Prices
2018, June, 13, 13:10:00

OIL PRICES: 2018 - $71, 2019 - $68

EIA - Brent crude oil spot prices averaged $77 per barrel (b) in May, an increase of $5/b from the April level and the highest monthly average price since November 2014. EIA forecasts Brent spot prices will average $71/b in 2018 and $68/b in 2019. The 2019 forecast price is $2/b higher than in the May STEO. EIA expects West Texas Intermediate (WTI) crude oil prices will average almost $7/b lower than Brent prices in 2018 and $6/b lower than Brent prices in 2019

 

 Oil
2018, June, 8, 13:20:00

OPEC: WORLD OIL DEMAND UP, PRODUCTION DOWN

OPEC - World oil demand averaged 97.20 mb/d in 2017, up by 1.7 per cent y-o-y, with the largest increases taking place in Asia and Pacific region (particularly China and India), Europe and North America. The 2017 oil demand in Africa and the Middle East grew by around 100,000 b/d, as compared to 2016, while oil demand declined in Latin America for the third year in a row.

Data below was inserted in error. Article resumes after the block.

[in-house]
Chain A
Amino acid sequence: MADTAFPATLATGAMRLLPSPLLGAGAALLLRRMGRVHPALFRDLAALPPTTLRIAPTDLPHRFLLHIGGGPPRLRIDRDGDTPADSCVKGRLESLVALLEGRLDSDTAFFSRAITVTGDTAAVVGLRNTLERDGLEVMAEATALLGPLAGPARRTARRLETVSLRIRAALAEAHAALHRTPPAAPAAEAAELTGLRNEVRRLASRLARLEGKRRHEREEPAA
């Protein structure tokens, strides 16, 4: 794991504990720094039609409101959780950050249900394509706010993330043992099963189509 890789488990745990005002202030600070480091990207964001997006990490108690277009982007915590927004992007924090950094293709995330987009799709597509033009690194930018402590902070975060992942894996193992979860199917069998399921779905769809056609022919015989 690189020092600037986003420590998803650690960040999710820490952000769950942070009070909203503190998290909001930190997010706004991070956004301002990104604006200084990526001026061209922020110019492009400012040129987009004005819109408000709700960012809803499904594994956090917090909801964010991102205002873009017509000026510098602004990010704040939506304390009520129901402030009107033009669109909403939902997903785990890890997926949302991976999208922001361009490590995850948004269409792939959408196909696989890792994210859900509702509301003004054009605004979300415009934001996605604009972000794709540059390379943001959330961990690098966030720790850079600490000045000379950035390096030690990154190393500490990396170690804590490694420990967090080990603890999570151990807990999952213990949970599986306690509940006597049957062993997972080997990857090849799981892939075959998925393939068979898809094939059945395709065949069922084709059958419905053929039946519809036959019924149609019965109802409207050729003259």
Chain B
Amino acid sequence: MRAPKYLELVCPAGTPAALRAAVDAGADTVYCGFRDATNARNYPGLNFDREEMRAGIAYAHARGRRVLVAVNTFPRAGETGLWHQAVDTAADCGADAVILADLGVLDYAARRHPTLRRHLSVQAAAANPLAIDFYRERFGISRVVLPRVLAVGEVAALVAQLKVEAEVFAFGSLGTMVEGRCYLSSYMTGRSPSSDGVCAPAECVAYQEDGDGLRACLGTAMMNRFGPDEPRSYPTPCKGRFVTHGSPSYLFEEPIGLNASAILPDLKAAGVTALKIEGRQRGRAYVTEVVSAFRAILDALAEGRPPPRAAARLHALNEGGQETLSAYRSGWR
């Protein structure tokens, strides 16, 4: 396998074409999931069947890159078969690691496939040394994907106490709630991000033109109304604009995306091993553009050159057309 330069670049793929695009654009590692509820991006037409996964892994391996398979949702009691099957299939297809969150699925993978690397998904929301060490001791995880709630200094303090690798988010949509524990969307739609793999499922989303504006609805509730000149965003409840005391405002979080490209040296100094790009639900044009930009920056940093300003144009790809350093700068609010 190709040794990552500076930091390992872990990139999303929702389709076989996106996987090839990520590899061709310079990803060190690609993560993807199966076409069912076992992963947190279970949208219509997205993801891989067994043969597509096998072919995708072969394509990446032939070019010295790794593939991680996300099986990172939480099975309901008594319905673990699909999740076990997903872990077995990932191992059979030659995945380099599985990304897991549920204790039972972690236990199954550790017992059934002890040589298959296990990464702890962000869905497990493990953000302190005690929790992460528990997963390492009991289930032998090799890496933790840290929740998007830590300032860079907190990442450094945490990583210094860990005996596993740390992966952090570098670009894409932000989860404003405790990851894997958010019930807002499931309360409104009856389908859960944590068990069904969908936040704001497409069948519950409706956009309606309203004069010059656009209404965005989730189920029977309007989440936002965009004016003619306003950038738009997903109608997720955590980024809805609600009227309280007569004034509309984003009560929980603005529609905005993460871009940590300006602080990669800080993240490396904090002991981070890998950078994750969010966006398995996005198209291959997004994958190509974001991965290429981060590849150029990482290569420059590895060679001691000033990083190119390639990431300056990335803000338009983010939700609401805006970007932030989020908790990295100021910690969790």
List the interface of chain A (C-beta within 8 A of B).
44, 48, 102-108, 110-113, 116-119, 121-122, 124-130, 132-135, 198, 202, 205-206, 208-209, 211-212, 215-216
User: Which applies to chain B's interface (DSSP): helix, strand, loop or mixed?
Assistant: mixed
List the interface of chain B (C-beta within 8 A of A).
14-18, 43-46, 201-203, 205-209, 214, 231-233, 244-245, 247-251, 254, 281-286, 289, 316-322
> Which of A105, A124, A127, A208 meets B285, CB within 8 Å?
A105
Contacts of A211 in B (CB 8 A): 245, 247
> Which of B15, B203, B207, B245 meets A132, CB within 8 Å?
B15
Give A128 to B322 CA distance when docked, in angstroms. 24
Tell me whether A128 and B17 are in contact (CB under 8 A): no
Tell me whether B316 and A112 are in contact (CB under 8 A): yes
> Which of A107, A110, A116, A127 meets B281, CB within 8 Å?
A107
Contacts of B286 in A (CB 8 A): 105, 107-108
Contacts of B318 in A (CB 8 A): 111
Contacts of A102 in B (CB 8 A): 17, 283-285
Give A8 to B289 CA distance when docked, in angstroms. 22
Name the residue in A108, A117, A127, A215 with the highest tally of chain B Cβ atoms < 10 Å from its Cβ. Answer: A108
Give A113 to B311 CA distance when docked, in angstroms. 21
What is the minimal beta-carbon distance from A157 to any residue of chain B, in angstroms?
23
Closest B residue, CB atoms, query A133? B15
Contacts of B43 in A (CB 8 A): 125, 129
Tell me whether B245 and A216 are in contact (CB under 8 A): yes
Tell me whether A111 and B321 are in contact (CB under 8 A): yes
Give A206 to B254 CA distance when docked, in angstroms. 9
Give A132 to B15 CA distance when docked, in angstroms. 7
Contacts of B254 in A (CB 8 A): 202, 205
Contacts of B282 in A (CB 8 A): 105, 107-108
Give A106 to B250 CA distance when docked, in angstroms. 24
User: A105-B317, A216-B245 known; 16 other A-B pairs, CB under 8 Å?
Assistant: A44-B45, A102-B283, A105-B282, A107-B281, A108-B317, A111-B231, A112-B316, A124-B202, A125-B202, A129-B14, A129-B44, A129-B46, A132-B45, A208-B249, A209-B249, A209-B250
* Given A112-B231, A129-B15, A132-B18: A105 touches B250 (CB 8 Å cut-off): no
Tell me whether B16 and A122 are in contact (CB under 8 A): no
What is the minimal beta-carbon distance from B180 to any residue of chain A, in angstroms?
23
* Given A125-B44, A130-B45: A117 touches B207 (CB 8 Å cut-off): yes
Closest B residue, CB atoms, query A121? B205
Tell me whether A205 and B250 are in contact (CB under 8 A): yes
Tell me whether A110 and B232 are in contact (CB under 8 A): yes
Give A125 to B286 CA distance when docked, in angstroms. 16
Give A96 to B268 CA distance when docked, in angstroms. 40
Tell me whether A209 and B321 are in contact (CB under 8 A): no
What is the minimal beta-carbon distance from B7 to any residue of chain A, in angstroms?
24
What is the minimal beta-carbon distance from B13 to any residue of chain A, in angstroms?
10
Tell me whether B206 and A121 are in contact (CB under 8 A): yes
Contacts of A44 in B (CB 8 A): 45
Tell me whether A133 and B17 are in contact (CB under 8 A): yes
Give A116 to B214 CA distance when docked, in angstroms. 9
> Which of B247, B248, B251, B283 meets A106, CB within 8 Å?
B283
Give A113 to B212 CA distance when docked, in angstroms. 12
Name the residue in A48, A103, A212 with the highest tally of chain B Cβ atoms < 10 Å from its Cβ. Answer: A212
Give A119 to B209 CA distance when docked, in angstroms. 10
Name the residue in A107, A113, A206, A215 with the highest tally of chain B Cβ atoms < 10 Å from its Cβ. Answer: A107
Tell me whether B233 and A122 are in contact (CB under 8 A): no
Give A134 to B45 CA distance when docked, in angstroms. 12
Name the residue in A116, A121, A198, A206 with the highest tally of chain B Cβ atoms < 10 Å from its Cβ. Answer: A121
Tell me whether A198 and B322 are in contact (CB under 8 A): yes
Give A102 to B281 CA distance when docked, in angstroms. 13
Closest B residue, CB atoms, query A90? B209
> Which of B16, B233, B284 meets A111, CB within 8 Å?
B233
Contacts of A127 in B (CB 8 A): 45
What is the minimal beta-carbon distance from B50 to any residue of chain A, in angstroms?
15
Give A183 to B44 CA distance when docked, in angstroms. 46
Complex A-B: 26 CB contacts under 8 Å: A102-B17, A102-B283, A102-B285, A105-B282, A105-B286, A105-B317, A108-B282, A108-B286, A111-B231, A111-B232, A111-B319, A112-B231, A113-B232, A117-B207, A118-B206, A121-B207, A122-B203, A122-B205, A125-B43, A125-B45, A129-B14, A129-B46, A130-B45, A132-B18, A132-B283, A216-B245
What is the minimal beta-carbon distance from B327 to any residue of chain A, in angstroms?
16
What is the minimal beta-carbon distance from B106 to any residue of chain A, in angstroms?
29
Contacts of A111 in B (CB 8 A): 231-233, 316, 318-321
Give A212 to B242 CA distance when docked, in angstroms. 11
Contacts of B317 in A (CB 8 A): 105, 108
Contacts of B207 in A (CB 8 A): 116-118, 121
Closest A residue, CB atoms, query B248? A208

Oil
2018, June, 8, 13:15:00

OIL DEMAND UP TO 2030

PLATTS - Global oil demand will peak around 2030 at 111 million b/d as a sharp rise in electric vehicles and energy efficiency gains offset growing demand from the aviation and petrochemical sectors, Norwegian producer Equinor said

 Oil
2018, June, 6, 12:20:00

OPEC - RUSSIA OPINION

REUTERS - “We have to look into the situation which has panned out on the market today, from the point of view of the volume cuts, inventories decline, shortages on the market, and to adjust the figures,” Novak told reporters.

 

 

Tags: SAUDI ARABIA, RUSSIA, OPEC, OIL, PRODUCTION